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New Rule Gives Insurers Upper Hand in Surprise Billing Battles

A new rule outlines how payors and providers will dispute payment rates – and puts doctors at a disadvantage.

By Wendell Potter

Surprise billing – the problem of patients receiving bills from physicians and air ambulance services that don’t contract with their insurance company – has been an issue for years.

It’s a tricky problem, because regulators have to consider how to protect patients from big bills, while not giving too much power to insurance companies, which often employ policies that also hurt consumers and physicians.

But at the end of the Trump administration, it appeared that a fair and workable solution that even had bipartisan support was struck. The No Surprises Act was passed and signed into law, and will take effect on January 1, 2022.

No Surprises Act: A new approach to balance billing

When services are provided by an out-of-network physician who is working at an in-network hospital, insurers cover substantially less, and sometimes none, of the care. This leaves patients on the hook, despite their care being covered and the hospital in-network. This process is called balance billing.

When this situation occurs, the No Surprises Act forces insurance companies to pay benefits at the in-network level, and to pay the check directly to the physician group.

The law also implemented a fair, independent dispute process if the physician felt that the payment they received was not right. This is a good bill and a good law, and a shining example of how our government could get things right.

At least it was—until the Department of Health and Human Services, the Department of Labor, the Treasury, and the Office of Personnel Management got ahold of it.

New rule gives insurers major leverage

In October 2021, these agencies distributed a new rule that gave insurance companies and doctors more details on how the dispute process would work, which included some big changes.

The changes make this process anything but fair. It gives way too much power to insurance companies who, given their past track records, are likely to abuse that power.

In fact, even before the ink was dry, one big insurer, Blue Cross Blue Shield of North Carolina, sent a letter to several hospital-based physician groups demanding an immediate—and in many cases deep—reduction in reimbursement in anticipation of the January 1 implementation of the rules.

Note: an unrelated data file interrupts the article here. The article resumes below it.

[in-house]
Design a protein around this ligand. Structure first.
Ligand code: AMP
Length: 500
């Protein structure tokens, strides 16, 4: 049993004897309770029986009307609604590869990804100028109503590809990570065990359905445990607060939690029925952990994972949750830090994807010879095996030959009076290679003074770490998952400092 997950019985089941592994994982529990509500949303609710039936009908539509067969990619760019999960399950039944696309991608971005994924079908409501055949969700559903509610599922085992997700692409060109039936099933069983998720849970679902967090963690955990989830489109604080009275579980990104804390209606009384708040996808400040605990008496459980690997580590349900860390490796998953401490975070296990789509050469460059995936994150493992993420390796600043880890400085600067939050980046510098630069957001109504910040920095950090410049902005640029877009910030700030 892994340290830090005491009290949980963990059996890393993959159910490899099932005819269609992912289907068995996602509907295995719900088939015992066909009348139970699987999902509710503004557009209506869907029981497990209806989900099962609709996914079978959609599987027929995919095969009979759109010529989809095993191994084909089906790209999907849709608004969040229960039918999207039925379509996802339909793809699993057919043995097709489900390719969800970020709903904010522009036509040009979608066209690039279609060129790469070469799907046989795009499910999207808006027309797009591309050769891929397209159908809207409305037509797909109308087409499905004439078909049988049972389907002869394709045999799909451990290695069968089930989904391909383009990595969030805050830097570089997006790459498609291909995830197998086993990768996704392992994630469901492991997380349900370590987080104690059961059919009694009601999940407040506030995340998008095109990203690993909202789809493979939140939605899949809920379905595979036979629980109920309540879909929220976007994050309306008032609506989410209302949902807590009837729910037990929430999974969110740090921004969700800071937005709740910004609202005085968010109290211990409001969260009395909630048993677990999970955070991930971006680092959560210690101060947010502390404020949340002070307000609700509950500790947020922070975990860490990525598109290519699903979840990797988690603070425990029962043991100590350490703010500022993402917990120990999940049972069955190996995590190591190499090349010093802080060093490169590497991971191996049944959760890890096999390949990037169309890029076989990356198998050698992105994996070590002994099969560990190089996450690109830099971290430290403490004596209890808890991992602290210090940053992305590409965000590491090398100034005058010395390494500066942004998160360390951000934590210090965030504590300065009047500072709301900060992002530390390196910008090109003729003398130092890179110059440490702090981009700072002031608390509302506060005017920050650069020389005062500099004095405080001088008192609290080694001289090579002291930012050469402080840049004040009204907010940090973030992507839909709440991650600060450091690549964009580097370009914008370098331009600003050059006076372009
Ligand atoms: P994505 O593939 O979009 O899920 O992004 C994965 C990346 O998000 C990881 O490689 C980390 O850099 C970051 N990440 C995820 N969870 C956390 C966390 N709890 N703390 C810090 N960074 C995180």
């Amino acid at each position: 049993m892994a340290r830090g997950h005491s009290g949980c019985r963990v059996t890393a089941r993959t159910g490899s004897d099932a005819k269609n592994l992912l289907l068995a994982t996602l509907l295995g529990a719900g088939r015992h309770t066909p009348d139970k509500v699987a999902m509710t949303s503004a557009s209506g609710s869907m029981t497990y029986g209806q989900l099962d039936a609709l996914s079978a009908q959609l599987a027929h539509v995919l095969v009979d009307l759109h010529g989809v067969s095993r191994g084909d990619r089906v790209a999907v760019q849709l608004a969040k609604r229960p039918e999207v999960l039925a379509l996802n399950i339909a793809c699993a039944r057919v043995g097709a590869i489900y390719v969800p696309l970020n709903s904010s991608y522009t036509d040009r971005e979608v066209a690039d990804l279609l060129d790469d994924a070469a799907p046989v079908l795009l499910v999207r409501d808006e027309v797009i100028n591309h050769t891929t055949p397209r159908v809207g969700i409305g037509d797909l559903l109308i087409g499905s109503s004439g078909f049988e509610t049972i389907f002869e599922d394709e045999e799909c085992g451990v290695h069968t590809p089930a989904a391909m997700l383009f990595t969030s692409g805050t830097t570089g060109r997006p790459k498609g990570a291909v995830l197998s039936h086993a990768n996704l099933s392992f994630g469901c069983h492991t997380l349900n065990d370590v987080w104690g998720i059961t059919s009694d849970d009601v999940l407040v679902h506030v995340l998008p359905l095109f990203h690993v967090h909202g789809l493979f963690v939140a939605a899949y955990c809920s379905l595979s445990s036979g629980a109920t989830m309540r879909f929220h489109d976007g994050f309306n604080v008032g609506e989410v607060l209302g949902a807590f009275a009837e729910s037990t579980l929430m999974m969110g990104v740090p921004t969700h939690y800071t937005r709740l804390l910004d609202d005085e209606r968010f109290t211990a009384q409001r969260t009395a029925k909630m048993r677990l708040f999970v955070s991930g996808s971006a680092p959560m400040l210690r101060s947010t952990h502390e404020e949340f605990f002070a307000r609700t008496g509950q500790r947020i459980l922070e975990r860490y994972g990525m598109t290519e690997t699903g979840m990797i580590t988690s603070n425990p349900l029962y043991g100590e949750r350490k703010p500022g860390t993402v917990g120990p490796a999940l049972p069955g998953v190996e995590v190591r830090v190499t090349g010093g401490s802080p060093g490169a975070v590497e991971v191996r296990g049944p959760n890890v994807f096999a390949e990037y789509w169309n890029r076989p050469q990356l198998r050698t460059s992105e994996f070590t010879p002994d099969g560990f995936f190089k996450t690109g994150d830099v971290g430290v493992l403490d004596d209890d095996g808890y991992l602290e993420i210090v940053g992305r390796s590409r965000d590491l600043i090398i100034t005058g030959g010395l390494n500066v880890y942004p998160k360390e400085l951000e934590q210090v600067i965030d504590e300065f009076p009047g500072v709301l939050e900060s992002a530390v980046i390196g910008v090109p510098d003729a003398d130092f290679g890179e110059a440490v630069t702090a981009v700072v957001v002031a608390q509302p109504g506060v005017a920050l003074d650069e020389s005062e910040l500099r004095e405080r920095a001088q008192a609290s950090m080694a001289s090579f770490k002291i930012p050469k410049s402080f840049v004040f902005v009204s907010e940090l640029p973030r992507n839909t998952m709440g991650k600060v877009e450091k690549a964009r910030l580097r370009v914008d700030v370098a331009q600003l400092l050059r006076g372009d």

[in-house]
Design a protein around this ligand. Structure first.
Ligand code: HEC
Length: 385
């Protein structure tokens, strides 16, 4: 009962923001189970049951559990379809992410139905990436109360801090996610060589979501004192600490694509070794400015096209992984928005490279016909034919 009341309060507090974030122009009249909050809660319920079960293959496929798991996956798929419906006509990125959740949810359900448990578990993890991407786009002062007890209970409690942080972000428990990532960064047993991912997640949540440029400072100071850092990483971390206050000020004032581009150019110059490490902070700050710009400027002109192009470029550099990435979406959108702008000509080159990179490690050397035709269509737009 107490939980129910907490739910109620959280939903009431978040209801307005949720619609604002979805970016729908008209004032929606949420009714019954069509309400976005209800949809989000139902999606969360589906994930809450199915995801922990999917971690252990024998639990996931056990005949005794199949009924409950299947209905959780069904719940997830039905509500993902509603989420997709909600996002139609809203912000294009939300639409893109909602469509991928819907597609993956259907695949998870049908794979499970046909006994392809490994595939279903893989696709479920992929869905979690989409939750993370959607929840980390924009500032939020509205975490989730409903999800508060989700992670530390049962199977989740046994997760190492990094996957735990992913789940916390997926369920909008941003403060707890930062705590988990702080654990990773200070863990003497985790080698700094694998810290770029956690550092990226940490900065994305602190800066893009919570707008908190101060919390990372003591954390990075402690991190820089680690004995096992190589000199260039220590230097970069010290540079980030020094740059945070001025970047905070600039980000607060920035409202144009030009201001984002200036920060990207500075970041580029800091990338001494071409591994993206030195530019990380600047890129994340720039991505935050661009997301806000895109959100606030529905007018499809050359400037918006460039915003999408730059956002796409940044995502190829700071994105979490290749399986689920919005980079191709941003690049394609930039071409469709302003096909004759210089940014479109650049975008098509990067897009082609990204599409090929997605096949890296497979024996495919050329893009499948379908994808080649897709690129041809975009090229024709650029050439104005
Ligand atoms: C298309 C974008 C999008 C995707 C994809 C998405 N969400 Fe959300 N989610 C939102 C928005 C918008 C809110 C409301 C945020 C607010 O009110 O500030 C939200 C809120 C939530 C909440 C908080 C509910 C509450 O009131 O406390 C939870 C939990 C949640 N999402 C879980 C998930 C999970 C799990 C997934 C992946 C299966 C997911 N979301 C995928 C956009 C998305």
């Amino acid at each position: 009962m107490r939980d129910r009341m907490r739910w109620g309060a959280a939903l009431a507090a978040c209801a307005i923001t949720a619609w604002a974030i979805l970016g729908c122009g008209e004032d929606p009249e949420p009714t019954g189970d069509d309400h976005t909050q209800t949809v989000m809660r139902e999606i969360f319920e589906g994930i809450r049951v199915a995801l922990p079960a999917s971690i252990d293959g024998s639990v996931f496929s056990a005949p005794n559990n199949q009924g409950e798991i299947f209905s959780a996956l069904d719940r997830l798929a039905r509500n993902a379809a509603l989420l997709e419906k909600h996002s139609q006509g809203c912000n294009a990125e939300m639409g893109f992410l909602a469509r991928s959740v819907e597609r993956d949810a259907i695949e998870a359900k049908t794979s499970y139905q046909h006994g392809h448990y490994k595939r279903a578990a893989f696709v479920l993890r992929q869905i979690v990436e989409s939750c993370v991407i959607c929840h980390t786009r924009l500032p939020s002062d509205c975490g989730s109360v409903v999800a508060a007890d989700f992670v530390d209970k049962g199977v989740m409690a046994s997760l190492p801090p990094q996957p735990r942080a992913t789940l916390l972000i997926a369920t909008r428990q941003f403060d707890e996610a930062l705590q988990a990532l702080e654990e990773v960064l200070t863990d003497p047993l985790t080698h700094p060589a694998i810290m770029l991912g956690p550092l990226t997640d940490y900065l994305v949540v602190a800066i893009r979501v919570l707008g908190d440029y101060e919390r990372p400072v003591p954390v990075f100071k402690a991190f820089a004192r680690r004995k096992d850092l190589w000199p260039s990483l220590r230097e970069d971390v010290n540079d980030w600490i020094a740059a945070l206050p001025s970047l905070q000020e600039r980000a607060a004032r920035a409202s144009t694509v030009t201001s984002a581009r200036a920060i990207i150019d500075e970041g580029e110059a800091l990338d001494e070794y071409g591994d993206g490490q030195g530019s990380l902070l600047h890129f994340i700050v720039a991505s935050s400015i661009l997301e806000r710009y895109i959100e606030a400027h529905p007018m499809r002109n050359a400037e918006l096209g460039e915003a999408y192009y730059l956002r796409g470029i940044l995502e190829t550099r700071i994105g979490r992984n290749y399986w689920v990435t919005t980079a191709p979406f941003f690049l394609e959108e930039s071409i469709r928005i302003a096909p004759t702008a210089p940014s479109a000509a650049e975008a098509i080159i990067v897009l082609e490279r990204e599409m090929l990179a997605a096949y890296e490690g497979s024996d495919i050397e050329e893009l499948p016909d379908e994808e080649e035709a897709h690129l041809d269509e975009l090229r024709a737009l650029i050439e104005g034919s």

Why did BCBSNC slash rates? The answer is that their average reimbursement will be used in disputes – so insurers have an incentive for that rate to be as low as possible.

How the updated law determines a fair rate

Providers will now have to show evidence that the value of the care provided is substantially different from what the insurance company paid – otherwise, the dispute will go toward the insurers.

In other words, doctors will have to show that a payment was below average in order to receive comparable reimbursement.

This might seem reasonable, but it creates a big concern. Average reimbursement rates are calculated by the insurance company without any transparency or oversight.

As a result, insurers may be incentivized to push providers out of network in order to drive down their average payments, which is exactly what the American Society of Anesthesiologists says BCBSNC is doing. The ASA and other physician organizations have good reason to believe that the BCBSNC letter is just the first of many letters that doctors will be getting from insurers in the near future.

When payors pick the rate, providers are at a disadvantage

Think of it like this. Let’s say you’re a home builder. When you finish a home, you sell it to the highest bidder. In this example, the government is worried about housing prices, and it thinks some builders might be price gouging.

To combat this, lawmakers pass a bill that says you must sell your house to any buyer who brings you three comparable prices from the general area, and that you must accept as payment the average of those three price comps.

But imagine that the prospective buyer got to choose the three comps.  The buyer would of course pick the three lowest comps, meaning you might be forced to sell your house below the cost of building it. And that, of course, would be terrible and unfair.

Well, that’s exactly what is being done to the No Surprises Act.

Meanwhile, insurance companies rake in record profits

These are big corporations that certainly don’t need or deserve any protection or assistance.  In the middle of the Covid-19 pandemic when many industries were facing economic disaster, health insurers enjoyed windfall profits. Many of the for-profit insurance companies saw their earnings double in 2020 compared to just one year prior. It might make a cynical person wonder which lobbyist talked to whom and what was discussed or promised.

It’s good news that patients will be protected from being balanced billed. But this interpretation of the bipartisan law is ultimately bad for everyone.  Giving insurance companies more power typically drives costs up, not down, and that’s the last thing this country needs.

Regardless of how it happened, physicians have good reason to see the rules as a defeat snatched from the jaws of victory. As a result, rich insurance companies will just get richer, and hardworking doctors who were on the front lines of COVID-19, staffing the ER and intubating patients, will get bear the consequences.

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